In the second half of the film, our protagonist Vijay Joshi (Chittaranjan Giri) rides his humble bicycle to the sprawling bungalow of Mr. Sathe who’s the owner of his workshop from which he has recently been laid off. A guard accosts him at the gate telling him that being bed-ridden due to illness, Sathe is not entertaining any visitors. Joshi has worked diligently at the workshop for 35 long years and knows that the boss acknowledges his contribution. Yielding to Joshi’s persistence, the guard makes a call to Sathe’s home from the gate. After Joshi lets Mrs. Sathe know over the phone that he wants to have a word with her husband, she asks Sathe if he’s willing to meet a certain Vijay Joshi. We then see Vijay hearing his boss’s answer – “Oh is it Lathe Joshi? Please let him come.” And, our protagonist smiles for the very first time in the film. It’s just a slight stretch of the lips, but it’s enough to notice that he is feeling a resurgence of pride in himself. The beauty of the film lies in this ability of it being able to evoke an emotion, without seemingly making much of an effort or say quite a bit, without apparently saying much. It’s this minimalistic approach that makes even a tender smile soar so high.
Operating a Lathe machine is a job of high skill; it is a sculpting of sorts. Vijay Joshi has worked on it for more than three decades with the dedication of an artist. But automation has meant that the workshop, comprising of him and few other such highly skilled workers, has to shut down. Yes, it does sound like a plot tailor-made for a tearjerker, but you would be pleasantly surprised to find that it is anything but that. Lathe Joshi is more about how in this age of automation the cost and quantity of any product is taking precedence over its quality, in the process disregarding the craft that highly skilled workers possess.
Joshi restlessly looks for another job, unlike his other deposed colleagues who, at their age, find contentment in praying all day. But wherever he goes, he finds that there is a demand for an operator of an automated machine, but not for a Lathe worker like himself. The family on the other hand isn’t entirely dependent on him financially. He sees the wife run a catering business which is seeing a steady growth as she doesn’t think twice before providing her customers even with Chinese food (Indianised, of course), though her specialty is authentic Maharashtrian cuisine. His son’s street smartness has meant that his hardware repair business is also growing steadily. By contrasting Joshi with his wife and son, the film lays bare how compromise and a bit of hustling have to be second nature to thrive in today’s competitive world that chooses quantity over quality.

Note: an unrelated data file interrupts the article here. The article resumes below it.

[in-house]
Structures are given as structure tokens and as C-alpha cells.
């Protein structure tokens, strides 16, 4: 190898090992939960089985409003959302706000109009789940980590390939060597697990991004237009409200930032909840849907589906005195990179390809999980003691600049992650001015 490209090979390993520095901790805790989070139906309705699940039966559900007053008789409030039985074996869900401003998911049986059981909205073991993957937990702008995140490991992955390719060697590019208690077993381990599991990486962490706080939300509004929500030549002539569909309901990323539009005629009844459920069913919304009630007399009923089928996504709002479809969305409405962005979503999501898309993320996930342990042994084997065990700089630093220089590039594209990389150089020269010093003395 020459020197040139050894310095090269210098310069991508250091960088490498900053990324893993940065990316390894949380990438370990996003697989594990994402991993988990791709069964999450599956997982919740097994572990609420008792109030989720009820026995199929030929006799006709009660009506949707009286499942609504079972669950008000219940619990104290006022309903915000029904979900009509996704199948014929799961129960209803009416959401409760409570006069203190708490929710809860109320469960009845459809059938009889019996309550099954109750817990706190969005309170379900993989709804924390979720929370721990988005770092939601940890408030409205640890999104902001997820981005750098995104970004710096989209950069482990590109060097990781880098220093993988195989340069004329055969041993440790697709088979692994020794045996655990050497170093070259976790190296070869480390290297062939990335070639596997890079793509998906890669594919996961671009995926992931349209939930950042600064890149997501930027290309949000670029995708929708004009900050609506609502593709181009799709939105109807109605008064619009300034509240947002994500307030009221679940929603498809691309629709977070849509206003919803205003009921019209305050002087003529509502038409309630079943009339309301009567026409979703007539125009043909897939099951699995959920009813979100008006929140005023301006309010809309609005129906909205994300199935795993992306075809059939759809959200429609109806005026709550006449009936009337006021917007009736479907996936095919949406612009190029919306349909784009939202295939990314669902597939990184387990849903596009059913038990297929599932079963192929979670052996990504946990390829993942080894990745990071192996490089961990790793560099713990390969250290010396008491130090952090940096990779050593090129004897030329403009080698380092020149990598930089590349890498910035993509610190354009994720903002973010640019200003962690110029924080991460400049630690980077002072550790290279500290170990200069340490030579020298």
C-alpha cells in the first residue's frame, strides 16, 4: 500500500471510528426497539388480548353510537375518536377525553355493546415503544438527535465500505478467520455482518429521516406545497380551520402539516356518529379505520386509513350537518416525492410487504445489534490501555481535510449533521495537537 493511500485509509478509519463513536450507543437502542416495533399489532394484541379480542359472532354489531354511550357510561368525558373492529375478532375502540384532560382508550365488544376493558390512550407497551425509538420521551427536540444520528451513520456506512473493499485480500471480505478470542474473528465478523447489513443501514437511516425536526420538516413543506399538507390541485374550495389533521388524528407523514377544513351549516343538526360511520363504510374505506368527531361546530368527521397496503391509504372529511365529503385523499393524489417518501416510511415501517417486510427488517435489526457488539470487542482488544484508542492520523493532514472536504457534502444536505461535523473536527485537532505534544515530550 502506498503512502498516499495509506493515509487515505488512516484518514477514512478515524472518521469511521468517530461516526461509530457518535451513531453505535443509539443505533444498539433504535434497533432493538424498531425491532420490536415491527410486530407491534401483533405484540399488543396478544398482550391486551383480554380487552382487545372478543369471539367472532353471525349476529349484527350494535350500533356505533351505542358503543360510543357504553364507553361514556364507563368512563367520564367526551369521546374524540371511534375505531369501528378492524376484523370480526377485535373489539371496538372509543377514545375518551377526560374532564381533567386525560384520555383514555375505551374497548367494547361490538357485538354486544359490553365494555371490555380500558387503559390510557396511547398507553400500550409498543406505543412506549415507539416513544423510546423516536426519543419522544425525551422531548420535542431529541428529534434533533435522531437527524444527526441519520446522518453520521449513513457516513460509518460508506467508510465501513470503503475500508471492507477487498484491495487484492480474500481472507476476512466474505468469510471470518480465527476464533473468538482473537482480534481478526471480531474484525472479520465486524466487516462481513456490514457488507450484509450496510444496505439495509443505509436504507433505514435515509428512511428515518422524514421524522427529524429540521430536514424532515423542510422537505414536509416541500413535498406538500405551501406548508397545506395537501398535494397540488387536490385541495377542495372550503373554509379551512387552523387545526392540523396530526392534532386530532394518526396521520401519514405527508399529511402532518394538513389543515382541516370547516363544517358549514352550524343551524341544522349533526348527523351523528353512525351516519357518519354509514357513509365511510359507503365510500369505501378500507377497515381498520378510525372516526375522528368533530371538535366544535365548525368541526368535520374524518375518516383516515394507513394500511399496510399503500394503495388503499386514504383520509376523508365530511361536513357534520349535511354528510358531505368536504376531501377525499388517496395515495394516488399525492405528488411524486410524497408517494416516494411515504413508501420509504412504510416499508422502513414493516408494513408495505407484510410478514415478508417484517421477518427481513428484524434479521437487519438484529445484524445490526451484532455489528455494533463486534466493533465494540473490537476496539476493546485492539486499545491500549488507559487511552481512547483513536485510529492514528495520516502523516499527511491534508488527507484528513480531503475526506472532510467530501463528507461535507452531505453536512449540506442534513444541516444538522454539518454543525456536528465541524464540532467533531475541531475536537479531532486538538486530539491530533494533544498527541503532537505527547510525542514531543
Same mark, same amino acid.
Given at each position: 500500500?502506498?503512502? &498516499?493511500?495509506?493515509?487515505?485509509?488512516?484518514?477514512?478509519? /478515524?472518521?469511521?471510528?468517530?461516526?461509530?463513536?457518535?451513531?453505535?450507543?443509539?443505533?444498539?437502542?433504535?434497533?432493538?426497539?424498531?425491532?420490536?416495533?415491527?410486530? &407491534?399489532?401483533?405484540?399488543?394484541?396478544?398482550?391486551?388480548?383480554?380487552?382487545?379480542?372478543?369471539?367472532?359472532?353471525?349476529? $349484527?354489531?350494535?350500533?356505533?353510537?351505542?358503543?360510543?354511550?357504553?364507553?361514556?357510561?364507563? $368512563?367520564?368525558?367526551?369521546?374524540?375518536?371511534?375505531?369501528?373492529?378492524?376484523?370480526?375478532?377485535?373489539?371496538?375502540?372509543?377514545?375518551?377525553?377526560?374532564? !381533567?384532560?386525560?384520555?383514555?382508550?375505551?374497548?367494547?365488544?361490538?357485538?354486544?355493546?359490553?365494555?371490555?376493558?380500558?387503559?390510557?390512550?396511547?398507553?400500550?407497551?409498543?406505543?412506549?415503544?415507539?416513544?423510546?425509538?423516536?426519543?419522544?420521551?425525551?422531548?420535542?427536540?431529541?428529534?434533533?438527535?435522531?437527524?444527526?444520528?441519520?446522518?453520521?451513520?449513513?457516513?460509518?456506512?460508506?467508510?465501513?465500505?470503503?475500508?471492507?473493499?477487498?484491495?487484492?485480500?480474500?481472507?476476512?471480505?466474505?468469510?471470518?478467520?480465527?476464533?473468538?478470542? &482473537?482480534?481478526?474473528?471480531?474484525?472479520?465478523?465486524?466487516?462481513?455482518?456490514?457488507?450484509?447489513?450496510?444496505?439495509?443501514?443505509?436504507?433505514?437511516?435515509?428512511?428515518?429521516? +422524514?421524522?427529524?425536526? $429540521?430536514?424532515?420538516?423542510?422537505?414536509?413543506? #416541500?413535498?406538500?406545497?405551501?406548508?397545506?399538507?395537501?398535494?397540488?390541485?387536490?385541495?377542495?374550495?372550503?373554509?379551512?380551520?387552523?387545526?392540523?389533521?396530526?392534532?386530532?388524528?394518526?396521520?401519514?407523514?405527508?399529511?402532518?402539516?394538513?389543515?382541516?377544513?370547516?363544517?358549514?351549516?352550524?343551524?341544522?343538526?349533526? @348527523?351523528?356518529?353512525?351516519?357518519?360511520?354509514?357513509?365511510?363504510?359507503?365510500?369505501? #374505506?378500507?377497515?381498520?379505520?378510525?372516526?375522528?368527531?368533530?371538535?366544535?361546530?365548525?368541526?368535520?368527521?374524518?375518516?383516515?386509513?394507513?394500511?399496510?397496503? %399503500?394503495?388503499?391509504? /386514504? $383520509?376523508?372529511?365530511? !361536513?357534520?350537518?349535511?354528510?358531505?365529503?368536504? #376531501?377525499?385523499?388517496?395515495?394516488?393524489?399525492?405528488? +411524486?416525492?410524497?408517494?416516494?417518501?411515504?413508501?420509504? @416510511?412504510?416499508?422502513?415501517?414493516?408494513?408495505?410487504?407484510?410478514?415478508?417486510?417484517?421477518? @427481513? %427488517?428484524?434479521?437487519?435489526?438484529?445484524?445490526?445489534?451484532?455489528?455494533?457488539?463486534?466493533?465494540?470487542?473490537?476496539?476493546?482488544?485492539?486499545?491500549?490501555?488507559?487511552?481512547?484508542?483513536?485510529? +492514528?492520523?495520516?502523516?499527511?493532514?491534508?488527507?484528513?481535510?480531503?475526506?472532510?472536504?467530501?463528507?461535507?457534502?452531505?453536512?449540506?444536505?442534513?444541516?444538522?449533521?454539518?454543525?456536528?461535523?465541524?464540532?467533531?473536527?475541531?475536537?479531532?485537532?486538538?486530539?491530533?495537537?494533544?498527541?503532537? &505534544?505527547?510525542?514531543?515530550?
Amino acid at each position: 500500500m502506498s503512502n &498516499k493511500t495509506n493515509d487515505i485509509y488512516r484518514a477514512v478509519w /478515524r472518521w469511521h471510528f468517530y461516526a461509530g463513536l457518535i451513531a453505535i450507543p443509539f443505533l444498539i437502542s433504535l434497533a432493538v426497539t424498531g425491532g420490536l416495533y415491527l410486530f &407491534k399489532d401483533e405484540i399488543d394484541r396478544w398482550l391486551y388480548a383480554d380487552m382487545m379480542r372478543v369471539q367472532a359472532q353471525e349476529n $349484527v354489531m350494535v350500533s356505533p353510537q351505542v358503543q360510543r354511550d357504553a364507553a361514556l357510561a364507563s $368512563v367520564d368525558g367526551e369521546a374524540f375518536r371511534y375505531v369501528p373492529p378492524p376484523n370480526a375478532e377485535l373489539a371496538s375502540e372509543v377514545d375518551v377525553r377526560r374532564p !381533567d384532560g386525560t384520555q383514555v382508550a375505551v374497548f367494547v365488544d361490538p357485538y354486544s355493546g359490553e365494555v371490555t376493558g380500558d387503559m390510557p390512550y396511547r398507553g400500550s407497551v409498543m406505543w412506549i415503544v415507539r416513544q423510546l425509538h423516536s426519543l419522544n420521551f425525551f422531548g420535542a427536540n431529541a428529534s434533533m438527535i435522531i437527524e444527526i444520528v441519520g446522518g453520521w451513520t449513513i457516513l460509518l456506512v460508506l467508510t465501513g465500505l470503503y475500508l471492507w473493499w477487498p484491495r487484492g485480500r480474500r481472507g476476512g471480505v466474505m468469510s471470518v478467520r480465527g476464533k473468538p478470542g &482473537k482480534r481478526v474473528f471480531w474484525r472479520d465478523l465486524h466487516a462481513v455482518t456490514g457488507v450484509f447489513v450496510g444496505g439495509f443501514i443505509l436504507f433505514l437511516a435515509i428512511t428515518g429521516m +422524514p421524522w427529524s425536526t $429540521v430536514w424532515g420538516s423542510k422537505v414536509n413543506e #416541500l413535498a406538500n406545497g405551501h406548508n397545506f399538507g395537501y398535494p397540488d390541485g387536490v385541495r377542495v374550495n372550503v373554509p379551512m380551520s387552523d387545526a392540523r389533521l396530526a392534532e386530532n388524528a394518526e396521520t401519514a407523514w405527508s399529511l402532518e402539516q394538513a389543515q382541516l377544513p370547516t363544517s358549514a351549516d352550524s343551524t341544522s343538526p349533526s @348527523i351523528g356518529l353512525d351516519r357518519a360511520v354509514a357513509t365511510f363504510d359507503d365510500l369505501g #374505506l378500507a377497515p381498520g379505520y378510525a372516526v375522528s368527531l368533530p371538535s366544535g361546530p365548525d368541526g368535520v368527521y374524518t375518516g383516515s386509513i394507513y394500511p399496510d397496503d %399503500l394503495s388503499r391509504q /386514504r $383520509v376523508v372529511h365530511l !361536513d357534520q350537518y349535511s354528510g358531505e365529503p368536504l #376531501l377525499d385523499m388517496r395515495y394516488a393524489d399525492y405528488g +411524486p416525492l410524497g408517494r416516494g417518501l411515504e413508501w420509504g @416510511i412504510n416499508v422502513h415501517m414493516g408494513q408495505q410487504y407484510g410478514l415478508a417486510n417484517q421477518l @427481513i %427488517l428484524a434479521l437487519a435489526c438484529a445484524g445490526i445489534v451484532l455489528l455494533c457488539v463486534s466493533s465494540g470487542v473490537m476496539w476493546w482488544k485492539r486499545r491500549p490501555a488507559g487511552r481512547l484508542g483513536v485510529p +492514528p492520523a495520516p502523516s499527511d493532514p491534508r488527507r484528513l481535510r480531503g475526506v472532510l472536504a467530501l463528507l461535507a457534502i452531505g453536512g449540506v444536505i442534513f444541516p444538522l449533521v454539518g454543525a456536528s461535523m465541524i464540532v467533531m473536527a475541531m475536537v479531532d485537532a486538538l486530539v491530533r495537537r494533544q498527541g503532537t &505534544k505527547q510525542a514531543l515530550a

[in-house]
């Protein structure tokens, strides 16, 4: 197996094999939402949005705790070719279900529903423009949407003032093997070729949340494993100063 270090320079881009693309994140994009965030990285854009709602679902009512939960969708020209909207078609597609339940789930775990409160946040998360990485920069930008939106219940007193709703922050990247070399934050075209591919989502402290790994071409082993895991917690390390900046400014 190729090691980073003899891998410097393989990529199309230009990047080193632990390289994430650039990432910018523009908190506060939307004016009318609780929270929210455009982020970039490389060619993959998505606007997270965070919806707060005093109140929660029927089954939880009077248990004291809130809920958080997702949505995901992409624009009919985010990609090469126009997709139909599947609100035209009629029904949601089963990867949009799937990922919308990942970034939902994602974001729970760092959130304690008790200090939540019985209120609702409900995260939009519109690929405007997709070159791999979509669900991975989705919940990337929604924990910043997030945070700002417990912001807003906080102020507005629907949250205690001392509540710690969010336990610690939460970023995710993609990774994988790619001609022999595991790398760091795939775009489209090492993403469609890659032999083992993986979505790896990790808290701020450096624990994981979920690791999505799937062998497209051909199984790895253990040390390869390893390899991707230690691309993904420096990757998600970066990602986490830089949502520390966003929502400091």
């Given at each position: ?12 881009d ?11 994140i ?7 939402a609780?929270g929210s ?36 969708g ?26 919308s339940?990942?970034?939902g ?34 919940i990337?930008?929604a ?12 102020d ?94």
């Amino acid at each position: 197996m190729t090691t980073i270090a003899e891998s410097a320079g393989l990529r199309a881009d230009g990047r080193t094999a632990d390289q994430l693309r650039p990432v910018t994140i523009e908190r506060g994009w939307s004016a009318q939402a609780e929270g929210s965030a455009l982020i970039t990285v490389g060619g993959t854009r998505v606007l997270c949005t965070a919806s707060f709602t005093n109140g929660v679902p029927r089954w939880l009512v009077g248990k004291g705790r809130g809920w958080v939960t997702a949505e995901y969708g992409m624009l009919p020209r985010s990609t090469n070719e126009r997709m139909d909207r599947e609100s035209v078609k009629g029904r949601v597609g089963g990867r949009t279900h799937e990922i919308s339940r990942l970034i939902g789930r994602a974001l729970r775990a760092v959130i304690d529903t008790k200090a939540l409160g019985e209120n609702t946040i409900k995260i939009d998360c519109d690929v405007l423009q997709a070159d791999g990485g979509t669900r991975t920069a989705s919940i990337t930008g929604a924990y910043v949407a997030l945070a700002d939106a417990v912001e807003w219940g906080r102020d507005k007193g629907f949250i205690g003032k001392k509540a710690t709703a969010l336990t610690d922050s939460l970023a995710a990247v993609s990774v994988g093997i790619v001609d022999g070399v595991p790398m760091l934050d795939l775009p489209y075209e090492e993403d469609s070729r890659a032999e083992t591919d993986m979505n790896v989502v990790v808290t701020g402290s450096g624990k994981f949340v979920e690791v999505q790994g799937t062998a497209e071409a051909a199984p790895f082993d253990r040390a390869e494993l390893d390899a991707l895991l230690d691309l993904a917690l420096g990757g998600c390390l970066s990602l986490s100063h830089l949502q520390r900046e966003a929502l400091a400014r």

On his last day in the workshop, Joshi is seen working for a longer time than usual, just so that he can finish the piston that he is so carefully working on. He then later presents the piston to his boss Sathe who values the craft behind it. The movie Lathe Joshi, too, is very much like this piston. In an industry where films seems to be made senselessly in bulk on an assembly line, it is a rare finely crafted piece of art.
In this age when attention deficit disorder seems to have become an epidemic, director Mangesh Joshi shows great courage in letting his scenes breathe by staying on them for just a tad longer. There’s no spoon feeding here, he lets the visuals speak for themselves. Vijay Joshi’s refusal to compromise just in order to conform with the society’s demand comes across starkly when we see him in a wide shot riding his bicycle away from the old wadas of Pune, towards the humongous ultra-modern IT parks that lie on the city’s periphery, with large SUVs and other four-wheelers passing by him rapidly. Every time he goes into this modern Pune, he is also shown crossing one of the old bridges that run over the Mula-Mutha river.
The changing family dynamics also come through rather subtly, unlike in the TV serials that Joshi’s visually impaired mom is hilariously addicted to. When the son buys a new car, Joshi is seen sitting behind, while his wife sits ahead, next to the driver’s seat. When there isn’t enough place in their modest home to keep the materials that the son requires for his business, the family conveniently assumes that it is the now unemployed father who will adjust by sleeping in the verandah.
Often I find myself cringing at the loud background score in Marathi movies, but here it is sparsely used to underline only the most crucial moments. But we are treated to a careful designing of sounds originating from the film’s world itself that lends the film a beautiful texture.
Chittaranjan Giri’s performance is a sort of a primer in understated acting. Joshi might seem like a timid man, but there’s a steely resolve underneath that comes across beautifully. Other members of the cast too don’t overdo their roles, complimenting each other beautifully in the process.
In this age of maha gurus and maha aaratis and maha this and maha that, when nothing is presumed to be big enough unless and until a big show is made out of it, a minimalist beauty like Lathe Joshi is a rare gem that needs to be cherished.